NginX, on the other hand, works best with URIs and only translates to the filesystem in certain instances. It parses the URI every time and it doesn’t have a function for specifying filesystem configuration. Therefore, it’s able to work more effectively in different server roles and doesn’t check the filesystem until it’s time to serve the request.
Both Apache and NginX have a module system, but they function differently. The Apache core is always running, however, modules can be added or removed as needed. Users can download numerous additional modules from an extensive collection as well. They can add functionality such as encryption, authentication, blacklisting, and much much more.
NginX modules need to be added to the core software and they can’t be loaded easily, like Apache modules can. Distro packages usually incorporate the most common modules, but atypical ones will need to be built from source. Therefore, NginX isn’t as simple to use if your server has unusual requirements.
Community & Support
Apache and NginX are two of the biggest players in the web server sector. Therefore, there’s no shortage of solutions and tutorials from users across the web. Plus, both of these platforms are heavily documented internally.
The Apache HTTP server is controlled and maintained by a global community of users and organized by the Apache Software Foundation, whereas NginX is handled by a corporation of the same name that was created in 2011
Recapping: Apache vs. NginX
|Asynchronous web server and reverse proxy server
|Features a multi-threaded architecture that limits its scalability.
|Uses an asynchronous event-driven mechanism that drives excellent performance.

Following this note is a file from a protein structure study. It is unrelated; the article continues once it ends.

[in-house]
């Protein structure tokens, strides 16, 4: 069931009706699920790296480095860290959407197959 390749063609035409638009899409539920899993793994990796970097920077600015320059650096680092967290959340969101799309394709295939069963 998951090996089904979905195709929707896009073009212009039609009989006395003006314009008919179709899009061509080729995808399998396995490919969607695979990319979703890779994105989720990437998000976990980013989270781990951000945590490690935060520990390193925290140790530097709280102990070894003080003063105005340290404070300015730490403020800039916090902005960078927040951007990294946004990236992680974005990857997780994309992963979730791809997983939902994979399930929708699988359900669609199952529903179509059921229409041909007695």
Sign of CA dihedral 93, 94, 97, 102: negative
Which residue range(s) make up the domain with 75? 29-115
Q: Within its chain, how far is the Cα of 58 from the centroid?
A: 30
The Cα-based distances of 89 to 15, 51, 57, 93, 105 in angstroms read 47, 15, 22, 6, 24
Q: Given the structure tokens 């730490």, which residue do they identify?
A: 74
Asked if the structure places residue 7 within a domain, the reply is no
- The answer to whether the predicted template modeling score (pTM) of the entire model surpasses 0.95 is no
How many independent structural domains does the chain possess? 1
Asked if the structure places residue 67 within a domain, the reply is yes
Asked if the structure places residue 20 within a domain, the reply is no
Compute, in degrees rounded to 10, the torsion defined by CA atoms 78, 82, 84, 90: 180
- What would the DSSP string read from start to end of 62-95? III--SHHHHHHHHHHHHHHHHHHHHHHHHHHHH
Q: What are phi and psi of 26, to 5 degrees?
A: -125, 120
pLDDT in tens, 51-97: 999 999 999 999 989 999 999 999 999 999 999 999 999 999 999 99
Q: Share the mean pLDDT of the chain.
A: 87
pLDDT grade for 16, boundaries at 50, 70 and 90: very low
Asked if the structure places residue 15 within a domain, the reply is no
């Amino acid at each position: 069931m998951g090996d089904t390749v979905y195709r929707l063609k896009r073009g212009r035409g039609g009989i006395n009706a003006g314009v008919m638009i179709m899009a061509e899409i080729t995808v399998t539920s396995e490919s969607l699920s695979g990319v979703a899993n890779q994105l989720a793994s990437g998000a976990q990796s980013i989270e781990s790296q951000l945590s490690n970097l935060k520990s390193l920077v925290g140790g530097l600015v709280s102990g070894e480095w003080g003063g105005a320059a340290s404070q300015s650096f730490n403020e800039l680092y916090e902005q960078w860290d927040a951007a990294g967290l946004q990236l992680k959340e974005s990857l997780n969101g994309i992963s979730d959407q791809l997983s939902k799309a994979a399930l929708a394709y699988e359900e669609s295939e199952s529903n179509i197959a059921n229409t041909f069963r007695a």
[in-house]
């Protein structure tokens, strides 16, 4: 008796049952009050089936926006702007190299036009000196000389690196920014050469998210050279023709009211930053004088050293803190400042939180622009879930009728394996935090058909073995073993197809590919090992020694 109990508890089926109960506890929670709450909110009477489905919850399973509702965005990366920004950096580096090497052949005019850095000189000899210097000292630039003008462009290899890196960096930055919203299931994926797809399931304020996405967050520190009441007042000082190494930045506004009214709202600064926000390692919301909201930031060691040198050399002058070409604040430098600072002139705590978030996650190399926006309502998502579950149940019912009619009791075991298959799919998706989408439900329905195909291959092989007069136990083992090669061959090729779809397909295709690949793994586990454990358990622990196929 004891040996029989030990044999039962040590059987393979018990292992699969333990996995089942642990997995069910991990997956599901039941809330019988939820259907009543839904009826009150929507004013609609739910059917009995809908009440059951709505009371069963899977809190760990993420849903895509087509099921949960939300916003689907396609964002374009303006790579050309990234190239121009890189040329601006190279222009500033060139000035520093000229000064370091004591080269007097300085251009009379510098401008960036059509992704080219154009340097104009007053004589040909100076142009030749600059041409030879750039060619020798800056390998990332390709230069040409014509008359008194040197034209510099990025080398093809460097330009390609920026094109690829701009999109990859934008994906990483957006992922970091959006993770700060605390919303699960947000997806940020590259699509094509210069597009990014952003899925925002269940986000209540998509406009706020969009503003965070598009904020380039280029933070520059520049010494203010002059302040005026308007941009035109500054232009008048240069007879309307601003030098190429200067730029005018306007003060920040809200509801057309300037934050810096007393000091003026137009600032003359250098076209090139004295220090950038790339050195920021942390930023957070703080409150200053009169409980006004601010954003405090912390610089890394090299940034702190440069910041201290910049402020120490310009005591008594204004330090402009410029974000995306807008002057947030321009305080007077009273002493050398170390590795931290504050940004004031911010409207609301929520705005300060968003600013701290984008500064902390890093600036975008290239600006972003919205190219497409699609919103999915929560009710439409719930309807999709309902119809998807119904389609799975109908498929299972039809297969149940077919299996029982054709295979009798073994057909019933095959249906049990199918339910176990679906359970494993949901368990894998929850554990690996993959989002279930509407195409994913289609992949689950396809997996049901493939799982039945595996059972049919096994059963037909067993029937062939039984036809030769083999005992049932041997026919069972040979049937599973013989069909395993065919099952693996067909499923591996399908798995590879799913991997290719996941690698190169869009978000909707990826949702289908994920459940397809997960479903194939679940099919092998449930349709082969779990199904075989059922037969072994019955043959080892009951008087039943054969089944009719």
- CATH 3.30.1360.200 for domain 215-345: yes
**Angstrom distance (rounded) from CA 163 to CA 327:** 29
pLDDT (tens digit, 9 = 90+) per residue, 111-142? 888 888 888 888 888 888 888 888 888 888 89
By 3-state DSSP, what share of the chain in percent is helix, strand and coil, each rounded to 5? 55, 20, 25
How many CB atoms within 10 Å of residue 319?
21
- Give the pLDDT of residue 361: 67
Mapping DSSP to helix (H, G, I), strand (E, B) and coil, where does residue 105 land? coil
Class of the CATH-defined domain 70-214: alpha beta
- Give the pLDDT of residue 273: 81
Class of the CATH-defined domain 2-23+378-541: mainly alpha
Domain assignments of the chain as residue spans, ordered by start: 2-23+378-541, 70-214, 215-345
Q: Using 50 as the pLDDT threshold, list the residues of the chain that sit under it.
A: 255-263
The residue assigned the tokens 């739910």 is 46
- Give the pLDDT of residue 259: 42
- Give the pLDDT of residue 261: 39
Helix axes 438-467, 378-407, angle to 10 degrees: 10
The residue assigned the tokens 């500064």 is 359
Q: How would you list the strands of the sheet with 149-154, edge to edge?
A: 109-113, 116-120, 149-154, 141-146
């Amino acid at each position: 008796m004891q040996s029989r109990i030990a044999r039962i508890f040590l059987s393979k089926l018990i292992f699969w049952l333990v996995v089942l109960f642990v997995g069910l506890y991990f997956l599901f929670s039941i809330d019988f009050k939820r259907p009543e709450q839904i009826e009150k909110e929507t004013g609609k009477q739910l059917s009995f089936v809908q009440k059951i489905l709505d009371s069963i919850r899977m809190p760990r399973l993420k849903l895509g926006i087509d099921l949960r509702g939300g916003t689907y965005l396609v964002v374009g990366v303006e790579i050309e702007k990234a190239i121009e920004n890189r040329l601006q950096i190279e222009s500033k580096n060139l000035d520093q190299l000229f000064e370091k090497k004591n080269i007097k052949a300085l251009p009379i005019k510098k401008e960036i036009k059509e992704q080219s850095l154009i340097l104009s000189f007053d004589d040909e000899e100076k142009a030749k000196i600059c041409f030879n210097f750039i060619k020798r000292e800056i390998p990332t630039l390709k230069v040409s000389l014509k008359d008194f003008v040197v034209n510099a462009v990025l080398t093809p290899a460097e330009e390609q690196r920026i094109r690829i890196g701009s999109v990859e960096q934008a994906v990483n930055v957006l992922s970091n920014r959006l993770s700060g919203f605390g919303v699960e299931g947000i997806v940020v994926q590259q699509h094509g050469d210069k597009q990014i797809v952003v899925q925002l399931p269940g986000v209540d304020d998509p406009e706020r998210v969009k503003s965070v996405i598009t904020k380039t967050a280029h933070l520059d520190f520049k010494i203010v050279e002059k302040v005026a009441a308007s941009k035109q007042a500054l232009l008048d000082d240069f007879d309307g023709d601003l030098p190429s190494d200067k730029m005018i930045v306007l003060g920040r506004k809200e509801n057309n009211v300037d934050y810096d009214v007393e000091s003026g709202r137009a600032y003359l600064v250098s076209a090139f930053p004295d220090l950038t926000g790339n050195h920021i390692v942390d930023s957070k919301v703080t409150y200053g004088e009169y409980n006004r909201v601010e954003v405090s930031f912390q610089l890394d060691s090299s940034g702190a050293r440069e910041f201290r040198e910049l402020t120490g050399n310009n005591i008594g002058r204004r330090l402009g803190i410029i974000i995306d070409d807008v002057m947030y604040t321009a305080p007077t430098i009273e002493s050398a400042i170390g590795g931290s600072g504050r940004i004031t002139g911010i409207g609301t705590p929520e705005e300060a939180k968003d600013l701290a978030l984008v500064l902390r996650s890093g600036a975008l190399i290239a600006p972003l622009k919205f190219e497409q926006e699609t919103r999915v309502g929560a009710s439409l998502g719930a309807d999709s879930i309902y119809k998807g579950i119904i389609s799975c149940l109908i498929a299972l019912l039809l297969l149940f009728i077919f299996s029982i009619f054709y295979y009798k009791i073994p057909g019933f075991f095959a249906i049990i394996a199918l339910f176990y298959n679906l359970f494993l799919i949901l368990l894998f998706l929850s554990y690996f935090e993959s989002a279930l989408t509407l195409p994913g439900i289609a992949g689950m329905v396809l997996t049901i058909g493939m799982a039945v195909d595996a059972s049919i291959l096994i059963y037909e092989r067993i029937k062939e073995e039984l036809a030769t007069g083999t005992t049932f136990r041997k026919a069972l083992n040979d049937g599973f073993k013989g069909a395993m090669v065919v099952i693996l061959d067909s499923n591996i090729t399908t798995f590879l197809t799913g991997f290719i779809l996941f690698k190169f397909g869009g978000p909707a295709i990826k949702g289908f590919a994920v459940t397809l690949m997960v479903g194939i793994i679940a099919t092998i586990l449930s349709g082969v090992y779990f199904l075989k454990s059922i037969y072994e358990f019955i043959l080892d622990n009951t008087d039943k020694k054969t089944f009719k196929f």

|When it comes to static content, Apache performs worse than NginX.
|NginX can handle thousands of connections to static content more than two times faster than Apache while using a fraction of the memory.
|Can handle dynamic content in a web server without relying on external processors. But rarely used today, and limited.
|NginX is unable to handle dynamic content natively and requires external processors such as PHP.
|Allows you to use .htaccess files to configure directories separately
|Does not allow per-directory configuration, however, it has faster performance because of the lack of overhead.
|Apache interprets requests as filesystem resources.
|Uses URI almost entirely and only checks a filesystem when its time to serve a request.
|Modules can be added and removed at will, and loaded easily from a large library.
|Common modules are included, but unusual and specific module requirements have to be built from source.
|Community & Support
|Features a large global community and years of documentation and support.
|Recent popularity for NginX has led to a wealth of knowledge on the web, but fewer resources than Apache.
Best of Both Worlds
There is growing popularity in the industry for using a hybrid approach with NginX and Apache.
Most users will put NginX in front of Apache and use it as a proxy. This allows you to take advantage of NginX’s fast processing and effectiveness with high traffic loads. Dynamic content is then passed on the Apache.
NginX will serve the static content, cached content, and unload slower HTTP connections. Meanwhile, Apache runs the application code securely. This is an excellent usage of both platforms’ strengths and simplifies workloads for users.
Wrapping Up: Apache vs. NginX
Now you know the differences between these two server powerhouses. Apache is a versatile, established, and proven option that allows for a huge range of customizations and configurations, but it struggles with performance. NginX is streamlined, fast, and modern, however, it’s not as versatile as Apache.
Both are excellent choices, but it will depend on your usage plans and you may want to consider using them together. A-Team Systems has experience working with both, so contact us today if you need assistance. We’ll get you back-on-track quickly and ensure that you’re getting the most out of your system.